Domain Name: Hosting is not much good if you do not have a domain name that directs users to your site.  Generally Irish businesses should purchase a .ie domain if their target market is Irish, however .com versions of domains are generally the most sought after.  Irish domain names are more expensive than others because there is a body called the IEDR (IE domain registrar), which administers domain names on an application process.  For most .ie domains the domain must be approved before a hosting company can put it live.  Once a domain is purchased it must then be configured to point at your hosting.  This is generally done by changing the name servers that the domain points to.

HTML + CSS: HTML (Hypertext Markup Language) and CSS (Cascading Style Sheets) are internet software languages that describe how a web page looks.  HTML deals with individual elements on a web page such as headings, paragraphs, images etc. whereas CSS specifically detail how these elements look. For example, a heading’s font size, colour, typeface etc. can be set via CSS.

HTTP: This is the means by which pages are requested over the web and delivered to browsers.  HTTP stands for Hypertext Transport Protocol and whenever you type in http://www.whatever… and click go you are starting a HTTP request, which finishes when the entire page is downloaded and displayed by your browser.

PHP: PHP is a common programming language used to process web requests. Every time you type a HTTP web address (URL) into a browser and sometimes when you click a button on a web site, a web request is made to a web server.  Sometimes this web request does more than just return a web page. Sometimes the request activates a program on the server to perform some activity. For example, we’ve all signed up to newsletters on websites. When you click a button to sign up, the web server will activate a program on the server to process the email address and sign them up to a newsletter database, it may then send out an email to the user to confirm that they have been subscribed.  All this can be done via a programming language called PHP. There are many software languages that can be used besides PHP such as C# and ASP.Net, Java and JSP etc.

MySQL: This is a common database technology available on ALL decent server hosting packages. Often databases full of content and users are stored on the server.  PHP and MySql often work together as PHP performs the processing functionality and MySQL provides the storage facility.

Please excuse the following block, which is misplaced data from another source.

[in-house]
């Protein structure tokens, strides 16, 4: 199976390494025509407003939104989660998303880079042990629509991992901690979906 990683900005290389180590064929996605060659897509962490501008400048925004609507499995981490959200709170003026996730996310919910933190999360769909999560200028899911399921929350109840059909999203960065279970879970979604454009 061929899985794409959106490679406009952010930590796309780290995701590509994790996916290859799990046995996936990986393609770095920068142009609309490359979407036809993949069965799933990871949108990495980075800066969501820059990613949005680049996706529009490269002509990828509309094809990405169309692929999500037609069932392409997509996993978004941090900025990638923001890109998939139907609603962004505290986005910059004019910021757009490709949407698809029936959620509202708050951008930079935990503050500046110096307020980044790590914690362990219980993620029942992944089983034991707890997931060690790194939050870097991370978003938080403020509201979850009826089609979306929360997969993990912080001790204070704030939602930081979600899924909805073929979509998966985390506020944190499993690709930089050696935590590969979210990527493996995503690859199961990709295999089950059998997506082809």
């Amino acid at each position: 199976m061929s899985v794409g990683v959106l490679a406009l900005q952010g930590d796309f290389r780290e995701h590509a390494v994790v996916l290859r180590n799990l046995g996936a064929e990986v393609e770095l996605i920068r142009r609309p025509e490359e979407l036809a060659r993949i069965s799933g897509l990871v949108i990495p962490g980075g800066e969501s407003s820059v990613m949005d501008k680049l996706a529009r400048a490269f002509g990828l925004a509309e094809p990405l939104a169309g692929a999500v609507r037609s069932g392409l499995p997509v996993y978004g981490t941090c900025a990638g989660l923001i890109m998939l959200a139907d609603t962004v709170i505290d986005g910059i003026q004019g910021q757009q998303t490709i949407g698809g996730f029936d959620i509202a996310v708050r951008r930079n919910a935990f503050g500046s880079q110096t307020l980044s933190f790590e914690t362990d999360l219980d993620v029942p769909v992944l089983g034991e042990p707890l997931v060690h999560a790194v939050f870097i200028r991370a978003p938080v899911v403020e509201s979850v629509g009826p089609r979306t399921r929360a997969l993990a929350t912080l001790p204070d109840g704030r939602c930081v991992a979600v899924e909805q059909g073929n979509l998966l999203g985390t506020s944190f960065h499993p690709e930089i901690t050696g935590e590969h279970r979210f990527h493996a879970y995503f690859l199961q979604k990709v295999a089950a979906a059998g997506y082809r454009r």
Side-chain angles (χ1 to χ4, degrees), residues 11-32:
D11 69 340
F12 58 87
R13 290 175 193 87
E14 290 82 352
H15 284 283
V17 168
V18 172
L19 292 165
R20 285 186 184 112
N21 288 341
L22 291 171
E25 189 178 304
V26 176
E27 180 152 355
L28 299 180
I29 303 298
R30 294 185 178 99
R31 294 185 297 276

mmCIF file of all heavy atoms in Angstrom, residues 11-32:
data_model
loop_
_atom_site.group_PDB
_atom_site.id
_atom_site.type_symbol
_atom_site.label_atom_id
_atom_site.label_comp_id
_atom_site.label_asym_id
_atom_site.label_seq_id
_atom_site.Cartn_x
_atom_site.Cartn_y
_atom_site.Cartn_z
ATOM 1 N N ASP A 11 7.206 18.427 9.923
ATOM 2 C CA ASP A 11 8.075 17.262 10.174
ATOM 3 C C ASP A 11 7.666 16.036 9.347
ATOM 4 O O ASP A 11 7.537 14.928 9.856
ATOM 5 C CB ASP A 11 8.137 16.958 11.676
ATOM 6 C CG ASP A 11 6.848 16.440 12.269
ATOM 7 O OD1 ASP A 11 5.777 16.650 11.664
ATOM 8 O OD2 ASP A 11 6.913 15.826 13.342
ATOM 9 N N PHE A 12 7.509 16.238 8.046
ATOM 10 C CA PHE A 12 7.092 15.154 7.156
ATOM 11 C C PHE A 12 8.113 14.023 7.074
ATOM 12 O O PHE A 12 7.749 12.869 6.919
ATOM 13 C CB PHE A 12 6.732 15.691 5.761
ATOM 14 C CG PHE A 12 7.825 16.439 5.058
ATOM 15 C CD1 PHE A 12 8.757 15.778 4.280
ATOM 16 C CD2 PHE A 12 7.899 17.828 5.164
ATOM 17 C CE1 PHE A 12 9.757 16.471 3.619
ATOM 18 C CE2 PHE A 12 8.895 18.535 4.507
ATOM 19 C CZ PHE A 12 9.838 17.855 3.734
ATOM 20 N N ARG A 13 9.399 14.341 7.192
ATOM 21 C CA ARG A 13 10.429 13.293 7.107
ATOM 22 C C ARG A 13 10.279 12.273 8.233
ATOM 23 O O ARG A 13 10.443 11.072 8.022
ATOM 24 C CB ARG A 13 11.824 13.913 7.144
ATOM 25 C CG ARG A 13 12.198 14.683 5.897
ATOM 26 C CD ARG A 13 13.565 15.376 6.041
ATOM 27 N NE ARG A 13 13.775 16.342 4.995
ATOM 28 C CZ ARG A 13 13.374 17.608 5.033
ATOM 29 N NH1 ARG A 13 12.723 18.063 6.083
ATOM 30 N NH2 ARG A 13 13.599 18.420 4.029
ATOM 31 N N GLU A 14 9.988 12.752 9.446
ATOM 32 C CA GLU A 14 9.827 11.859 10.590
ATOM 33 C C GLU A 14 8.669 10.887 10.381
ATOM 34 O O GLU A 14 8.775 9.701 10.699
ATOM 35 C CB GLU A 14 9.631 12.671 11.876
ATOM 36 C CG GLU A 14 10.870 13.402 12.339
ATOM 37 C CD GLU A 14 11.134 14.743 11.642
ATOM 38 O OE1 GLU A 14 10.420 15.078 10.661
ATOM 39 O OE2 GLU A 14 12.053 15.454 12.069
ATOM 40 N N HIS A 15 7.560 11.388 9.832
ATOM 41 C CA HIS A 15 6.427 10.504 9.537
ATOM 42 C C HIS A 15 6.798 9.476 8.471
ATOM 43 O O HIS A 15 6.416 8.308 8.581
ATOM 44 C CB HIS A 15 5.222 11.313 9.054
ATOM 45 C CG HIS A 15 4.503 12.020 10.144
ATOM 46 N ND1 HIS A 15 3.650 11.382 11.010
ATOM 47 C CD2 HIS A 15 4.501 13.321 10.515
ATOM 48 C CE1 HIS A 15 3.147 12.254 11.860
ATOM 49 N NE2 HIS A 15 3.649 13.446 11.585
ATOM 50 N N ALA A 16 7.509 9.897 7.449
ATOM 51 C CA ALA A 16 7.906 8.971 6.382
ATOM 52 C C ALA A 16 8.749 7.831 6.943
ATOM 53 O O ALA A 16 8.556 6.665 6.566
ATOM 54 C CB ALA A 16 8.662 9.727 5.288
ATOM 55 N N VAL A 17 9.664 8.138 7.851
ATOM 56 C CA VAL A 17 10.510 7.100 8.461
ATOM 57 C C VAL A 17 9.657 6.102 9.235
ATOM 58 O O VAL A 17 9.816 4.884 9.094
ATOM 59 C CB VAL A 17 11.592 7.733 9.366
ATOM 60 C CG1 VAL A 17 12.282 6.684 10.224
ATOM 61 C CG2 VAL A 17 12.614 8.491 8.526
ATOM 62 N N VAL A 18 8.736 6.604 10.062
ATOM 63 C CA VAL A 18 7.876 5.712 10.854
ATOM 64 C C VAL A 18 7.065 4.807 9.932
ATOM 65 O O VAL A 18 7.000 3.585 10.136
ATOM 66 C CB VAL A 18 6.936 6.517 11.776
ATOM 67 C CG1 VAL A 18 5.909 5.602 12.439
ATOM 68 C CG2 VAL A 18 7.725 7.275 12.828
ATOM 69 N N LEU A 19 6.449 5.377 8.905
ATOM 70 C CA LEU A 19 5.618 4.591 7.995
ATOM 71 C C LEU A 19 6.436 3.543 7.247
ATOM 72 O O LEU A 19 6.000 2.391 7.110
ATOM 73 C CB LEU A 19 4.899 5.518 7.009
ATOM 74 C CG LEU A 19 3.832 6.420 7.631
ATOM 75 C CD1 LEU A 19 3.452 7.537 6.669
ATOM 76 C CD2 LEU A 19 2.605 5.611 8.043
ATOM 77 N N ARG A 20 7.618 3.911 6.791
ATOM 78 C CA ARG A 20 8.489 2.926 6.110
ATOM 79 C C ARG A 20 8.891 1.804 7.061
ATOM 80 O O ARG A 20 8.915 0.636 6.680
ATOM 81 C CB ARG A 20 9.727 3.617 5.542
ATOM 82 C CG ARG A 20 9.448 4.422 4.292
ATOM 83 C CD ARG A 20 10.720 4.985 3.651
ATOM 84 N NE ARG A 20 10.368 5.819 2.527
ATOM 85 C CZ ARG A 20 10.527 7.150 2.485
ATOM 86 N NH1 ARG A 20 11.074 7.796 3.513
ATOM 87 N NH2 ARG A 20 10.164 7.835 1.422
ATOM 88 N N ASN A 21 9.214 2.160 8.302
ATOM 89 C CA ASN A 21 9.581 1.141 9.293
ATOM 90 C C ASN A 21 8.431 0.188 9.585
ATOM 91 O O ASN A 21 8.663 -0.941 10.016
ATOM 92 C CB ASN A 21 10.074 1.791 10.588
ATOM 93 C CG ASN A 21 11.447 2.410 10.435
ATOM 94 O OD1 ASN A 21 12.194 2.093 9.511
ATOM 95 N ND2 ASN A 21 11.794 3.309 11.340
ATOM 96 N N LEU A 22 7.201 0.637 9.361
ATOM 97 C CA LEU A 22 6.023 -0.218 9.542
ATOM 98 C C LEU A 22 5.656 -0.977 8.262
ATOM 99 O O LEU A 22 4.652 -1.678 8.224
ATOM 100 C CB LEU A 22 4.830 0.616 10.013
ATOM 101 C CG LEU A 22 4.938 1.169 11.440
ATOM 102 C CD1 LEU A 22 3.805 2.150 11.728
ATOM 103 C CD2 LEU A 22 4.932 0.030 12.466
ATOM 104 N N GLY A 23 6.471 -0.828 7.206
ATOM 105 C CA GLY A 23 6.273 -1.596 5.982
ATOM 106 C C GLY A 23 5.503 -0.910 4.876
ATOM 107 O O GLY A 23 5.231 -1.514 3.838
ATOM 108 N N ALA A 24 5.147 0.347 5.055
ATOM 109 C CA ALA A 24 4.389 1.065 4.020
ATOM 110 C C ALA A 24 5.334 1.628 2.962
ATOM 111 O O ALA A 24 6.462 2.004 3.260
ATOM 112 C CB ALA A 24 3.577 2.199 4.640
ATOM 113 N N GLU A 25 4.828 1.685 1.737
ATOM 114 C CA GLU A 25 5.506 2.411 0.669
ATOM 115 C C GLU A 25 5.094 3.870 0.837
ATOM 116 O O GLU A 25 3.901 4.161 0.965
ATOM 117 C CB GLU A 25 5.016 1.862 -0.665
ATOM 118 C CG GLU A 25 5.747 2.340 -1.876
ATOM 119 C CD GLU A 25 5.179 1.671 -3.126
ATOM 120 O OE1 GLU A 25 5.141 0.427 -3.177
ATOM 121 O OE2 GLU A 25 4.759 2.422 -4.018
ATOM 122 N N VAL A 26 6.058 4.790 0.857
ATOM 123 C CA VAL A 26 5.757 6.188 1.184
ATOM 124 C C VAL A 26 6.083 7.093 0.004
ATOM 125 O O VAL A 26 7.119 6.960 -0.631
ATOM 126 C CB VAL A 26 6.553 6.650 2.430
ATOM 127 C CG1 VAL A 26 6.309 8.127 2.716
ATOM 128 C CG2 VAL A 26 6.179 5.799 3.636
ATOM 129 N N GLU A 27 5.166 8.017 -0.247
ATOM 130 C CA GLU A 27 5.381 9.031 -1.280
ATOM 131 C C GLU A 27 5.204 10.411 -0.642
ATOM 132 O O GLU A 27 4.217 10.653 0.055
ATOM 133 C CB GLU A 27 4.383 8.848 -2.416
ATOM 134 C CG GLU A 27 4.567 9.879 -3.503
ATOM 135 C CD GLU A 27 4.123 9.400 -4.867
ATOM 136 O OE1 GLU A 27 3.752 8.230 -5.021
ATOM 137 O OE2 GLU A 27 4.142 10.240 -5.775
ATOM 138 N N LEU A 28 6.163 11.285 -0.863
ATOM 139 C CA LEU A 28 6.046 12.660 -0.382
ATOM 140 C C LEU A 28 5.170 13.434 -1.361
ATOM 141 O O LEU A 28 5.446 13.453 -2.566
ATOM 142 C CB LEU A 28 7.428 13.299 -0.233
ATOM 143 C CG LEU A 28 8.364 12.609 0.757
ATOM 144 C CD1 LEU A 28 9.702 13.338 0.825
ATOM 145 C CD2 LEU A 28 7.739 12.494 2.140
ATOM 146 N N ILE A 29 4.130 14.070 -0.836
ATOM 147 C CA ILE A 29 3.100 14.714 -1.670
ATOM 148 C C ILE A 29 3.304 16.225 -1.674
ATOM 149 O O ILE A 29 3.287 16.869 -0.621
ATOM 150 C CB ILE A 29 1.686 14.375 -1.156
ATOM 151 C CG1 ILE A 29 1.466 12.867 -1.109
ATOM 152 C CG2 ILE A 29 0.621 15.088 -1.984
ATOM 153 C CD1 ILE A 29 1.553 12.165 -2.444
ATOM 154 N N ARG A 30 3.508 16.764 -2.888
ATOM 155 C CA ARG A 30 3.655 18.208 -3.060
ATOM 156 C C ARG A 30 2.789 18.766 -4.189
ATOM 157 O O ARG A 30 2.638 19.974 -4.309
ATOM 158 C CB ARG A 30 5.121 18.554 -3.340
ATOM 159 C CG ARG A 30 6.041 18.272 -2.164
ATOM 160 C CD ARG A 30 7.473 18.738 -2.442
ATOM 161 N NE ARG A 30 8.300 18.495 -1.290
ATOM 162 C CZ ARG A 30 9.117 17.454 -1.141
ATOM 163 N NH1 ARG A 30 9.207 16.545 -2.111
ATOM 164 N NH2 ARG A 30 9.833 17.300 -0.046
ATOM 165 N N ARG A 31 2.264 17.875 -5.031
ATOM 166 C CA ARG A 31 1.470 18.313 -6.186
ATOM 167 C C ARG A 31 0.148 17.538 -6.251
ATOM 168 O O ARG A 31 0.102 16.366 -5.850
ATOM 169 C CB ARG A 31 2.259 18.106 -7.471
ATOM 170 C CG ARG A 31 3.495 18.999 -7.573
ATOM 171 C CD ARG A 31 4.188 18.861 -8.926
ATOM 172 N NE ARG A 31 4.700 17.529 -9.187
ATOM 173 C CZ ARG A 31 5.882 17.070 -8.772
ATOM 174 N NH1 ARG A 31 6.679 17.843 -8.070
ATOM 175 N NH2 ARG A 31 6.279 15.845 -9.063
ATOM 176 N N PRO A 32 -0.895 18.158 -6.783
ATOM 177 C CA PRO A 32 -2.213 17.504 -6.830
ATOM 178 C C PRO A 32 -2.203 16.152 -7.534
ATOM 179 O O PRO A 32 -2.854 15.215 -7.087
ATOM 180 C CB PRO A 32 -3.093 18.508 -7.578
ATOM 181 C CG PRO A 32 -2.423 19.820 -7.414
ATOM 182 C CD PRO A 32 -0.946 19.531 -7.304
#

CMS: A CMS or Content Management System is a web based software application that you can log into to edit the content on your website, be it simply the text on the site, images or other media files. WordPress and Joomla are two very popular open source CMSs

Blogs: A blog is short for a web log.  Many people out there have decided to write and talk about whatever subject tickles their fancy on the web via blog services such as blogger and wordpress. Blogs are simply content management systems that focus on managing posts by time and date.  So effectively blogs are online diaries, where the diary entries are web pages managed by the blogging software.

RSS: RSS is a technology used to transfer snippets of a page to subscribed users so that they might come back to a website. RSS is often used with blogs to let people and other websites know that an update has been made. RSS is also used with pod-casts.

Podcasts: Pod-casts are snippets of audio, video that are sent out to subscribers via RSS.  Users subscribed receive a short note on the content and can then download the content via link supplied.

SEO: Search Engine Optimisation is the process by which a websites Search Engine Results Page performance is monitored and improved over time. This is generally a two step process of ensuring the content on a site is readable by the search engine and that the content best matches what potential customers are searching for, followed by a link strategy whereby inward links to the site are actively sought out. Google utilises a ranking system which gives a site a measure of importance between 0 and 10 which is called Page Rank. In general if two sites match a search query exactly, then page rank will decide which page comes back first on the search results page.

SEM: Search Engine Marketing is a combination of SEO and Internet Advertising. To back up an SEO strategy a company may also purchase ads from companies such as Google. With Google users can set up Adwords campaigns, which allow the customer to bid on key words and phrases that they think people might used to find their products or services. Once a Adwords campaign is set up and running, ads will appear on the google search pages and on other websites that have chosen to show ads via the AdSense programme.  Ads are paid for whenever a potential customer clicks on an ad and is brought to the web page.

So that’s the major bread and butter technologies tackled, please let me know via comments if I have omitted something major.

Should I use Flash on my Website?

When developing a site, there has to be a balance between design and functionality.  Often there are sites that should be dynamic that are flat and stale and other times there are sites that should be subtle that have animations and sounds going when there should be no distractions from the content the user wishes to read.